LinkedIn Ads have a great platform to test for companies targeting people within a certain industry and/or professional title. For example, say you work at a company offering a marketing tool for businesses and have identified Chief Marketing Officers as your target market and the people you need to speak with to close any deal. Within LinkedIn, you can target strictly CMOs and construct ad copy messaging to speak directly to them. Those type of targeting options minimize wasted spend and significantly reduces poor quality leads. If your business is B2B and you’re looking for expansion opportunities, LinkedIn could very well provide you successful incremental traffic.


Image of LinkedIn targeted advertising
Getting started with LinkedIn Advertising





If you aren’t running remarketing campaigns within your AdWords account, chances are you probably should. If you’re driving a significant amount of traffic to the site and/or have a product many potential consumers research prior to committing, remarketing helps to close the loop. While overall reach within remarketing is limited to the cookie pool you’re targeting, it typically drives low CPAs given that the target market is already aware of your business and has interest.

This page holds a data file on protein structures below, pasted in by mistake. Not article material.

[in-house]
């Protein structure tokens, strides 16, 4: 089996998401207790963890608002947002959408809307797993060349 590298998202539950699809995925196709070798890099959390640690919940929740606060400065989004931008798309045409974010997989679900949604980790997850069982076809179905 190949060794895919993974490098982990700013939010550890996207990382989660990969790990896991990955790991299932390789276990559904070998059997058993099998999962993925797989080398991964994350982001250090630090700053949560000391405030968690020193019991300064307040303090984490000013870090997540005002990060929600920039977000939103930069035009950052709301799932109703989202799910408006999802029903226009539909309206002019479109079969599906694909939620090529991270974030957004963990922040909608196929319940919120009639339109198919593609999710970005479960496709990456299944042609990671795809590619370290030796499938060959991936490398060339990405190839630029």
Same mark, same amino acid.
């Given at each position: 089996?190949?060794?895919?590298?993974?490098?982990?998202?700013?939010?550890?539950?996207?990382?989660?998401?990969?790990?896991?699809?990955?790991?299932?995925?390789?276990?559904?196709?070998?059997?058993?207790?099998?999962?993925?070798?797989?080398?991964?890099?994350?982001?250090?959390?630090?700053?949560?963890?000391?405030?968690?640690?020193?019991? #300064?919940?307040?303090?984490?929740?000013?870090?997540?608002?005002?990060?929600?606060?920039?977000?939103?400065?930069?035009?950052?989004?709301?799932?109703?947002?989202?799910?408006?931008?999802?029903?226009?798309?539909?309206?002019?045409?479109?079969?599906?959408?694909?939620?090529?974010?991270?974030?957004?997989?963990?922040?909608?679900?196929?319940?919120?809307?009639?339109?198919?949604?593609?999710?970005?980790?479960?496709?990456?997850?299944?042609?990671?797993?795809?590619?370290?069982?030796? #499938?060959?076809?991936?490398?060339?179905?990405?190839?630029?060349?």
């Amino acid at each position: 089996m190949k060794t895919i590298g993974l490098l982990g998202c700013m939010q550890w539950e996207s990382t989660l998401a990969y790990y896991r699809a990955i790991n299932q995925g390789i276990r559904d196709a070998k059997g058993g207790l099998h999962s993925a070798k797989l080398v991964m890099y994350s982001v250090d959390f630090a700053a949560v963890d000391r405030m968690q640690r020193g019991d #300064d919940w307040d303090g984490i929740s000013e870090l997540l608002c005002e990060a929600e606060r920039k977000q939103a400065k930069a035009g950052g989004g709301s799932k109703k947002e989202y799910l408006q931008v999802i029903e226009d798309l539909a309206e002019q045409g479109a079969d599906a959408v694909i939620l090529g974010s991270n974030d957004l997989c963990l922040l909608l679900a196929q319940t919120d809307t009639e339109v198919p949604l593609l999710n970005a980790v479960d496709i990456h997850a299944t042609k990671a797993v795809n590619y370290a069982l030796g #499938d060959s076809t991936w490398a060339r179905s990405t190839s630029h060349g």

Remarketing also has many different features, helping you to optimize the campaign to best fit your needs. You can test targeting people who’ve hit various landing pages on the site (homepage, shopping cart, etc.), or different cookie windows (7 days, 14 days, etc.). One other option you may want to consider is remarketing via Facebook Exchange. You can serve ads on Facebook to people who have visited your website previously. As you can see, the options are vast within remarketing and definitely an excellent option when ready to expand from traditional paid search.




Identifying the right marketing mix for your account can be complex and takes analysis on your end to come up with the right strategy. The good news is your expansion options are extensive. PPC is no longer just Google and Bing Ads running the show. All of these secondary initiatives offer their own benefits and targeting options, but it’s up to you to figure our which ones fit your target market the best and how you can leverage their capabilities to grow your digital marketing performance.